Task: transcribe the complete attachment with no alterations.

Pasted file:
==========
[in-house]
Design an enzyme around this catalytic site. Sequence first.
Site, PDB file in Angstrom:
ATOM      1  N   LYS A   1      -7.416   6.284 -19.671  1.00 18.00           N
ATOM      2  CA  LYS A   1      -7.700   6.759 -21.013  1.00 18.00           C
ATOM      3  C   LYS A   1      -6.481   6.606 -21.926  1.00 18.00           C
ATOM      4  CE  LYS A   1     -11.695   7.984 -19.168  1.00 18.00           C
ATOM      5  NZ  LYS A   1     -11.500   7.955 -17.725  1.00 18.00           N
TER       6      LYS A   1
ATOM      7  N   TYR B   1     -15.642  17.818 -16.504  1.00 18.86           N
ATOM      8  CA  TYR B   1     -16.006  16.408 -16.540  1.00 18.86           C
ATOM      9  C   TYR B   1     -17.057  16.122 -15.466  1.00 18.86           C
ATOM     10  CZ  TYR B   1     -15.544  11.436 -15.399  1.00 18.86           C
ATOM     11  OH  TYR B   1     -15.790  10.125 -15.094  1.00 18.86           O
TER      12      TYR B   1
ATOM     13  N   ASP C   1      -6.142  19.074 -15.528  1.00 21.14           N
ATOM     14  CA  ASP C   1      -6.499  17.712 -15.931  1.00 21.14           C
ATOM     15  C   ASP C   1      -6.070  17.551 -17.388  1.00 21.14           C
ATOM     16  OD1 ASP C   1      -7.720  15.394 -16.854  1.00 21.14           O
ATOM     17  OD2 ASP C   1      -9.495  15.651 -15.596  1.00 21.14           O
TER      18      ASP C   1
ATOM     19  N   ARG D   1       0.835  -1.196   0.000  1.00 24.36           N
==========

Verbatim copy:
[in-house]
Design an enzyme around this catalytic site. Sequence first.
Site, PDB file in Angstrom:
ATOM      1  N   LYS A   1      -7.416   6.284 -19.671  1.00 18.00           N
ATOM      2  CA  LYS A   1      -7.700   6.759 -21.013  1.00 18.00           C
ATOM      3  C   LYS A   1      -6.481   6.606 -21.926  1.00 18.00           C
ATOM      4  CE  LYS A   1     -11.695   7.984 -19.168  1.00 18.00           C
ATOM      5  NZ  LYS A   1     -11.500   7.955 -17.725  1.00 18.00           N
TER       6      LYS A   1
ATOM      7  N   TYR B   1     -15.642  17.818 -16.504  1.00 18.86           N
ATOM      8  CA  TYR B   1     -16.006  16.408 -16.540  1.00 18.86           C
ATOM      9  C   TYR B   1     -17.057  16.122 -15.466  1.00 18.86           C
ATOM     10  CZ  TYR B   1     -15.544  11.436 -15.399  1.00 18.86           C
ATOM     11  OH  TYR B   1     -15.790  10.125 -15.094  1.00 18.86           O
TER      12      TYR B   1
ATOM     13  N   ASP C   1      -6.142  19.074 -15.528  1.00 21.14           N
ATOM     14  CA  ASP C   1      -6.499  17.712 -15.931  1.00 21.14           C
ATOM     15  C   ASP C   1      -6.070  17.551 -17.388  1.00 21.14           C
ATOM     16  OD1 ASP C   1      -7.720  15.394 -16.854  1.00 21.14           O
ATOM     17  OD2 ASP C   1      -9.495  15.651 -15.596  1.00 21.14           O
TER      18      ASP C   1
ATOM     19  N   ARG D   1       0.835  -1.196   0.000  1.00 24.36           N